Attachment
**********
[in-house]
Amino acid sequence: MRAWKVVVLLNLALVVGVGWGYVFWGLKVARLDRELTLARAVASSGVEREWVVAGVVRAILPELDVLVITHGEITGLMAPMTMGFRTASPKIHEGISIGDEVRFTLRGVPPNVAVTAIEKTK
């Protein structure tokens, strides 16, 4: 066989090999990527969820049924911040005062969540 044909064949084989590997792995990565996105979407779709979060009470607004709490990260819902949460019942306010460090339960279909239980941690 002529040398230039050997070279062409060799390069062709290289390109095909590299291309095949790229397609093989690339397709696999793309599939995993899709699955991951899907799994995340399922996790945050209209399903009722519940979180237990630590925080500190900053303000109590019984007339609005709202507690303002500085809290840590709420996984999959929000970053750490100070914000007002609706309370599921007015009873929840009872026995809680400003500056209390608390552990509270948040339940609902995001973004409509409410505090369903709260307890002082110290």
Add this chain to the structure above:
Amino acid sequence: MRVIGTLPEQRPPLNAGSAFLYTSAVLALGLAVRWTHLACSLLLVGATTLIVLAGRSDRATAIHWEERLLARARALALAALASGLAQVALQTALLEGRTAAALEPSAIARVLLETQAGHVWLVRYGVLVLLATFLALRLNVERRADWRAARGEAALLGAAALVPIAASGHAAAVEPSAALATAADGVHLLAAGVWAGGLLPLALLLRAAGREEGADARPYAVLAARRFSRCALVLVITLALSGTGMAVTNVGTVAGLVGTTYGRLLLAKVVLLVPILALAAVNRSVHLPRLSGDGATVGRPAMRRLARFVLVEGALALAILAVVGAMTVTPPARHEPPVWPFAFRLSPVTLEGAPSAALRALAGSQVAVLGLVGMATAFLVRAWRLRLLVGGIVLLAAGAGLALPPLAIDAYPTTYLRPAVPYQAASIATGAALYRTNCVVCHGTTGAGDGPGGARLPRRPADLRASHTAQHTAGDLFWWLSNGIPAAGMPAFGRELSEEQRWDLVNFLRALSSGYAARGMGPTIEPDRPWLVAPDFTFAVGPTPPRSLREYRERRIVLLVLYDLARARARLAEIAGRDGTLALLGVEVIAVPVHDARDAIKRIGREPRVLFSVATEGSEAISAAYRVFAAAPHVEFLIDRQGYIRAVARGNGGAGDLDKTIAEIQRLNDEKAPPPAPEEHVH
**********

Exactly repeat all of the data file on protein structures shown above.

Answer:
[in-house]
Amino acid sequence: MRAWKVVVLLNLALVVGVGWGYVFWGLKVARLDRELTLARAVASSGVEREWVVAGVVRAILPELDVLVITHGEITGLMAPMTMGFRTASPKIHEGISIGDEVRFTLRGVPPNVAVTAIEKTK
């Protein structure tokens, strides 16, 4: 066989090999990527969820049924911040005062969540 044909064949084989590997792995990565996105979407779709979060009470607004709490990260819902949460019942306010460090339960279909239980941690 002529040398230039050997070279062409060799390069062709290289390109095909590299291309095949790229397609093989690339397709696999793309599939995993899709699955991951899907799994995340399922996790945050209209399903009722519940979180237990630590925080500190900053303000109590019984007339609005709202507690303002500085809290840590709420996984999959929000970053750490100070914000007002609706309370599921007015009873929840009872026995809680400003500056209390608390552990509270948040339940609902995001973004409509409410505090369903709260307890002082110290």
Add this chain to the structure above:
Amino acid sequence: MRVIGTLPEQRPPLNAGSAFLYTSAVLALGLAVRWTHLACSLLLVGATTLIVLAGRSDRATAIHWEERLLARARALALAALASGLAQVALQTALLEGRTAAALEPSAIARVLLETQAGHVWLVRYGVLVLLATFLALRLNVERRADWRAARGEAALLGAAALVPIAASGHAAAVEPSAALATAADGVHLLAAGVWAGGLLPLALLLRAAGREEGADARPYAVLAARRFSRCALVLVITLALSGTGMAVTNVGTVAGLVGTTYGRLLLAKVVLLVPILALAAVNRSVHLPRLSGDGATVGRPAMRRLARFVLVEGALALAILAVVGAMTVTPPARHEPPVWPFAFRLSPVTLEGAPSAALRALAGSQVAVLGLVGMATAFLVRAWRLRLLVGGIVLLAAGAGLALPPLAIDAYPTTYLRPAVPYQAASIATGAALYRTNCVVCHGTTGAGDGPGGARLPRRPADLRASHTAQHTAGDLFWWLSNGIPAAGMPAFGRELSEEQRWDLVNFLRALSSGYAARGMGPTIEPDRPWLVAPDFTFAVGPTPPRSLREYRERRIVLLVLYDLARARARLAEIAGRDGTLALLGVEVIAVPVHDARDAIKRIGREPRVLFSVATEGSEAISAAYRVFAAAPHVEFLIDRQGYIRAVARGNGGAGDLDKTIAEIQRLNDEKAPPPAPEEHVH